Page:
How did they do it?
First, hippie businesspeople exercised a principled approach to their ventures and innovations by insisting on using several high-minded ideals - such as environmentalism, support for local business owners and family farmers, non-violence, and the healthy nurturing of authentic and transparent relationships – to define and guide their creative endeavors.  These principles, seen at the time as pipe dreams that had no practical impact on everyday business lent a keen sense of definition, purpose, and mission that was quickly adopted by non-hippie businesspeople who made the connection between hippie ideals, outstanding customer relations, and developing product offerings that consumers loved.

Second, hippie businesspeople were sticklers for detail. Contrary to the idea that the hippies were spontaneous and haphazard, most took a very studied and thoughtful approach to their innovations.  Artist Wes Wilson, the inventor of psychedelic design, drew inspiration from 19th century artists, such as Austrian Gustave Klimt, spending days in San Francisco art museums and libraries.   Skip Yowell and Murray Pletz, won a product design contest sponsored by Alcoa and used their meager winnings to develop a scaled-down backpack that would appeal to college students more interested in climbing the corporate ladder than scaling Mount Everest.  Their company, JanSport, eventually became one of the largest makers of consumer backpacks in the world.  Mo Siegel took a simple hippie practice of combining regular tea with natural additives and sweeteners found in nature to develop Celestial Seasonings (today owned by Kraft), and he helped create the template for a highly successful, modern-day RTD (ready-to-drink) flavored bottled tea industry.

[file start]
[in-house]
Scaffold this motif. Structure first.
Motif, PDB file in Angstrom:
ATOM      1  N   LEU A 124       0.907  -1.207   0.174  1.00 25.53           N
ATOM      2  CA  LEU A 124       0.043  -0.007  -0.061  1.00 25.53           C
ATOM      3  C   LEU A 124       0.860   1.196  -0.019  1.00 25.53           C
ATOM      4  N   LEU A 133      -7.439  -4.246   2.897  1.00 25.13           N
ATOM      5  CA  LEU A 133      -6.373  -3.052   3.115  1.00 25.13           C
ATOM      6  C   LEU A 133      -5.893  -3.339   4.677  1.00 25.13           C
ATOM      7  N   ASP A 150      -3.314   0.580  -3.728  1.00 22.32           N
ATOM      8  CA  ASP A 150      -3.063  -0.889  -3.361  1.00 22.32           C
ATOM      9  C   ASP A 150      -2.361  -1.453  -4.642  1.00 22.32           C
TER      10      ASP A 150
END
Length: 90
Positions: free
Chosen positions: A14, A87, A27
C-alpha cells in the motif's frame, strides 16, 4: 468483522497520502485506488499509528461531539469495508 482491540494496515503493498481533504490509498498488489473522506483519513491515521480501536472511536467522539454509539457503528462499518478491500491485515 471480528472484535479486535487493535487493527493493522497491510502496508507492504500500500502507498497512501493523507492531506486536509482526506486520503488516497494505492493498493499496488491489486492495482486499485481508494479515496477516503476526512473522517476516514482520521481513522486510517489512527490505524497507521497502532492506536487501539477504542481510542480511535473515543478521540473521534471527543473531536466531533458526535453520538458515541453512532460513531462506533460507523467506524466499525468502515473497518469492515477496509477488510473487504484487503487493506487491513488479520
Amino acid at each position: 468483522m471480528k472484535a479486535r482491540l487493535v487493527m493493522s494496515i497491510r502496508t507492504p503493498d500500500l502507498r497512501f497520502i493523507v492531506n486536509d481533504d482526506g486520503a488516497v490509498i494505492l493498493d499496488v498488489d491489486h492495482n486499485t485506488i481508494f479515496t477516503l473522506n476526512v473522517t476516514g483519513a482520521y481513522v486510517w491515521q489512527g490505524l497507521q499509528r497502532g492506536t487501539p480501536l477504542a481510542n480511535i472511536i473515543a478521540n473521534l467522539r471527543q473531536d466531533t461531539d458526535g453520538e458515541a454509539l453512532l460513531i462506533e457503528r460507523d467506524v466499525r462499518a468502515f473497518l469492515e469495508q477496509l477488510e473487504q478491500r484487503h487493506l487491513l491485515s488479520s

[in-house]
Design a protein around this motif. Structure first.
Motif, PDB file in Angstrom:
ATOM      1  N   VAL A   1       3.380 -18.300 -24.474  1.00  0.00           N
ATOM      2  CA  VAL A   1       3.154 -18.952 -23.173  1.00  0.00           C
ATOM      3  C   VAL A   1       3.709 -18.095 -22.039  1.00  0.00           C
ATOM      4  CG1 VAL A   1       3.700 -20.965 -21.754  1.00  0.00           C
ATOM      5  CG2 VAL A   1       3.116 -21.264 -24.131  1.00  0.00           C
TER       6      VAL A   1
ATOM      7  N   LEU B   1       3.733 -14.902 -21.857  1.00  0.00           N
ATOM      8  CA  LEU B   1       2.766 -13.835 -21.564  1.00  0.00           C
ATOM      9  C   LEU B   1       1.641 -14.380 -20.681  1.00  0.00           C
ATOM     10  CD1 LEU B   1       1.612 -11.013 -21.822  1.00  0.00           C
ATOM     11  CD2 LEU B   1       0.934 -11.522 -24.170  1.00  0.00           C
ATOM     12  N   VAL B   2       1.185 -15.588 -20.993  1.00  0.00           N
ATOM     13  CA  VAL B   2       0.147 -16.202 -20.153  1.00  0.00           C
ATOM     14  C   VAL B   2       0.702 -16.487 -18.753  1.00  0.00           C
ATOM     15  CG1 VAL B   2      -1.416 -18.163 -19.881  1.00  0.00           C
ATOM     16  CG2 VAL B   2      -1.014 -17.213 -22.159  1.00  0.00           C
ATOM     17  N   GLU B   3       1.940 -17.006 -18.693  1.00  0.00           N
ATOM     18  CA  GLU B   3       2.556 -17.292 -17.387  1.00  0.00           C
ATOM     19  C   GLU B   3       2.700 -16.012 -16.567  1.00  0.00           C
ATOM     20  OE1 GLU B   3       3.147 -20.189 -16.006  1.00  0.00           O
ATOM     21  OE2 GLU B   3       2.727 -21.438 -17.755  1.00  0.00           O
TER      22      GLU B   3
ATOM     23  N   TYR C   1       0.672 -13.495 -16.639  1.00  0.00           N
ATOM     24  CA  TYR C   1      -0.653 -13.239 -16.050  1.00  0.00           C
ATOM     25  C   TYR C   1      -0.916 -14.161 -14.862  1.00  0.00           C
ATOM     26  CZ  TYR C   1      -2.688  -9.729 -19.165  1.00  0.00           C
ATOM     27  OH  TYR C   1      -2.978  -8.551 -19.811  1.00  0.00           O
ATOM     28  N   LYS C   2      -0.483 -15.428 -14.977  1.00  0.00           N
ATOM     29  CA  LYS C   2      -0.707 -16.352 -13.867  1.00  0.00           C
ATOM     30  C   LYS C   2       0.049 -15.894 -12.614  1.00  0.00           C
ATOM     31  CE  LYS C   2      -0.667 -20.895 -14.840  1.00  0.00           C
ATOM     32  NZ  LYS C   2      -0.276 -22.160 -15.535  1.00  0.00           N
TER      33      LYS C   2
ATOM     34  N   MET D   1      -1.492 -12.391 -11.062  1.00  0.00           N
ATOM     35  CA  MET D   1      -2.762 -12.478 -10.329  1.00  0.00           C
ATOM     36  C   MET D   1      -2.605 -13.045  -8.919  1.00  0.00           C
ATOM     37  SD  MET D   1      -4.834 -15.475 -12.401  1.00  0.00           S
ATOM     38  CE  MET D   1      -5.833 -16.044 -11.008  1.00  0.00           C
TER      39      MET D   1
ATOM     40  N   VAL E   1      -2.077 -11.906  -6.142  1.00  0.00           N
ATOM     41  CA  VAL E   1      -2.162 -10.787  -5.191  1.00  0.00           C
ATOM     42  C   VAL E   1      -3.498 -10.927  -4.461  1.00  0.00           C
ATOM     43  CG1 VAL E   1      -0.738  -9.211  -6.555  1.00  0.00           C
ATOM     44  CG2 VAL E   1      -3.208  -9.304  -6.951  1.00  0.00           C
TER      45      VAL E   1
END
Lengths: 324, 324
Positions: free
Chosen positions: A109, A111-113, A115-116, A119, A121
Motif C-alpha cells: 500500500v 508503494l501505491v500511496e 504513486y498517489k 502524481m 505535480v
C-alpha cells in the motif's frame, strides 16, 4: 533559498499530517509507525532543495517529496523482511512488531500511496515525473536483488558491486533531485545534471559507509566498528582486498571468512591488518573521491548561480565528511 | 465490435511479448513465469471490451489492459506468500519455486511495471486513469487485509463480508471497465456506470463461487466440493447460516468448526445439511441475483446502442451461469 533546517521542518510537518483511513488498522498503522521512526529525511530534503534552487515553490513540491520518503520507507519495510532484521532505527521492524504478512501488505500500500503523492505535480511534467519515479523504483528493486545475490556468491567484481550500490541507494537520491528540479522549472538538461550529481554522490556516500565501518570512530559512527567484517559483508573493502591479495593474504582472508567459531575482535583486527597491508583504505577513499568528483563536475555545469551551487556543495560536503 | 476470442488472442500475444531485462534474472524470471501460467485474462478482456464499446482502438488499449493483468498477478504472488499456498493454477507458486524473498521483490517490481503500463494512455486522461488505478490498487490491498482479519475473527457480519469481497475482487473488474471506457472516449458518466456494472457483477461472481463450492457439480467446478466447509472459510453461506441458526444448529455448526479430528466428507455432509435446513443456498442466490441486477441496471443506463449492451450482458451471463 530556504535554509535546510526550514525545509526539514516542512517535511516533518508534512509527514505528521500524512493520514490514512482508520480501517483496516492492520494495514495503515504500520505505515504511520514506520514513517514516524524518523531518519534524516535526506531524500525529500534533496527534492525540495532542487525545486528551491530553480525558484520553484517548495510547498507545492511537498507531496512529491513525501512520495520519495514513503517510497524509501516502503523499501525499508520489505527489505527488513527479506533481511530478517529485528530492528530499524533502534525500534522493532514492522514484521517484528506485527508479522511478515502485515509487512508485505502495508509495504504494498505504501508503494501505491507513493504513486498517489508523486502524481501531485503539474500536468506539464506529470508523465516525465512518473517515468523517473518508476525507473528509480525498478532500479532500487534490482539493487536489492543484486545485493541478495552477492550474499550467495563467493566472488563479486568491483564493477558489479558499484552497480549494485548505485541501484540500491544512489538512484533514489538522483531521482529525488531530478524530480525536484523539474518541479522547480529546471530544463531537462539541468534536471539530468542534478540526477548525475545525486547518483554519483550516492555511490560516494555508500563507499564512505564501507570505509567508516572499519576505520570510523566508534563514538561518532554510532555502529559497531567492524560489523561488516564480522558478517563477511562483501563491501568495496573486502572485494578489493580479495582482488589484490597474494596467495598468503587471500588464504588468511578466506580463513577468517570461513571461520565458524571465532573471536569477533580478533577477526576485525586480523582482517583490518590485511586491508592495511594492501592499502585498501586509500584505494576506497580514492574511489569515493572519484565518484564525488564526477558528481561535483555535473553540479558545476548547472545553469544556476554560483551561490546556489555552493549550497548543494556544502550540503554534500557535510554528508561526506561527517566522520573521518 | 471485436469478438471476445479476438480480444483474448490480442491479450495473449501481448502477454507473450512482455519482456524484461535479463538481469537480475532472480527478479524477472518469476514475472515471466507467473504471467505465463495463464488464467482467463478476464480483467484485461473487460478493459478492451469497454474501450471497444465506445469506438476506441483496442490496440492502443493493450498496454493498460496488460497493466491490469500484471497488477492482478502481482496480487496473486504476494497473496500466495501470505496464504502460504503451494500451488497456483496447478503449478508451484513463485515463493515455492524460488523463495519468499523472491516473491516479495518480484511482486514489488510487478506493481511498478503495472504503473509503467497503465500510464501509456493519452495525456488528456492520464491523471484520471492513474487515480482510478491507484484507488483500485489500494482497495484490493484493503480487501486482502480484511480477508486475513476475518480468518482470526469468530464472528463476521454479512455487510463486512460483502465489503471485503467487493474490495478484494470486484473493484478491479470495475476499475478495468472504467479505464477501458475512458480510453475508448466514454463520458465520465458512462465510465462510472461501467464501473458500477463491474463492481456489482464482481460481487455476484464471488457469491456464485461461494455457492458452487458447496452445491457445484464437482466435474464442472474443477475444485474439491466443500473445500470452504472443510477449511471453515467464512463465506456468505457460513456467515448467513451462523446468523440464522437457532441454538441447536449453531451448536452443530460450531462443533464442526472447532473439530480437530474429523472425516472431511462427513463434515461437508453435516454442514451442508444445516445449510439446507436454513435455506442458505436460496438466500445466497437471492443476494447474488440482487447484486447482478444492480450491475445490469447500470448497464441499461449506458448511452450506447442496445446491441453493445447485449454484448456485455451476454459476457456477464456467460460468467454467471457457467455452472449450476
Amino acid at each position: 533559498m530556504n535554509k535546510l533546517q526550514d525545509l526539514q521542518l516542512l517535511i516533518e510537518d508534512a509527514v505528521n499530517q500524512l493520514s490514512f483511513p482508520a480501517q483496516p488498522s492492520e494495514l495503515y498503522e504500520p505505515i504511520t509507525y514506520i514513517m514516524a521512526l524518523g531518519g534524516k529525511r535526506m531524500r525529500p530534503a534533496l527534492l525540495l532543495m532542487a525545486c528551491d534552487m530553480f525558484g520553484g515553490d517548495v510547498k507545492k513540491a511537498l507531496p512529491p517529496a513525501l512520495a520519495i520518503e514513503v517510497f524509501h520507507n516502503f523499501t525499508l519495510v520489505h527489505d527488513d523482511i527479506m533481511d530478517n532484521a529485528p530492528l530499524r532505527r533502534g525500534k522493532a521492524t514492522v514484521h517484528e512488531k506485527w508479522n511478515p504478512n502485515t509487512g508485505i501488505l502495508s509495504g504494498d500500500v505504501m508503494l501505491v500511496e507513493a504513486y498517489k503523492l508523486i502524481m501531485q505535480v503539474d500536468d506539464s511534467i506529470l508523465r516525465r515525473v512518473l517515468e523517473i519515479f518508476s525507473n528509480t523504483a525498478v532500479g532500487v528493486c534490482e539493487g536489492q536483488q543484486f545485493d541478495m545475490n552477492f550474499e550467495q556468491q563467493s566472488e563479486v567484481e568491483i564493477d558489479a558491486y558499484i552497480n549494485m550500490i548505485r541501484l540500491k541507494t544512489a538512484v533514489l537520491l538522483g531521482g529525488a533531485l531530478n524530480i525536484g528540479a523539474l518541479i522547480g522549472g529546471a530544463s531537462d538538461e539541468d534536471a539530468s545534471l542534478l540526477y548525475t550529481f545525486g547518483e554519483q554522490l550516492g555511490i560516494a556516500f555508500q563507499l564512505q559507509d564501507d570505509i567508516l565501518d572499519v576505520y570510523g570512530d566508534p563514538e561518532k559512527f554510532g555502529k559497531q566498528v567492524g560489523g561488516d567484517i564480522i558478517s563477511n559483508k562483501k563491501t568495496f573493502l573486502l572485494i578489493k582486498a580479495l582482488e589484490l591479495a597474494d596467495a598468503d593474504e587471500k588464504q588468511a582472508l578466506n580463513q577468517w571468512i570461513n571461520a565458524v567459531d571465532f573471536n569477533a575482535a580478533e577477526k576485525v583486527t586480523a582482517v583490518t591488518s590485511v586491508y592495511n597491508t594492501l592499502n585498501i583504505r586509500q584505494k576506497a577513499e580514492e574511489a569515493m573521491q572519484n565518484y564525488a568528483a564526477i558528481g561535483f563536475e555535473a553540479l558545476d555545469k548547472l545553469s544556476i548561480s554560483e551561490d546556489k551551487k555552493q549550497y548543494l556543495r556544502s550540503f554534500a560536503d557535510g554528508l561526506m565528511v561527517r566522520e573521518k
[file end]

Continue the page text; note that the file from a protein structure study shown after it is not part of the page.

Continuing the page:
Third, the hippies were masters of re-invention and continuous innovation.  By expanding on and developing new ways to reconfigure old products – pressed jeans into distressed denim, Army Surplus-issued apparel into Camo clothing; and centuries-old German worship styles into a $4 billion dollar “contemporary Christian worship” industry of music, lights, and entertainment – the hippies were able to work with what they had and knew, skipping a costly and time-consuming R&D process, and becoming the first kids on the block in a city teeming with new Baby Boomer consumers open to innovation and intent on “doing their own thing.”

Fifty years ago, it was anyone’s guess as to what would be the commercial outcome of the hippie movement.  Today, the guessing is over.  Fifty years hence, will employers pay special attention to the strange job applicant with an imagination primed for innovation and sure-fire money-making business ventures?  The Haight-Ashbury hippie businesspeople provide plenty of reasons to believe they should.

Michael Klassen is the the author of HIPPIE INC.: The Misunderstood Subculture That Changed the Way We Live and Generated Billions of Dollars in the Process. He is a marketing professor at the University of Northern Iowa, business consultant, and the author of five books and over fifty journal articles. He received his Ph.D. from Kansas State University in 1987 and since that time has spoken to audiences at national and international conferences and invited lectureships in Asia, Europe, and South America. His research has been featured on ABC 20/20, NBC News Magazine Europe/Asia, and he has appeared on Dateline NBC.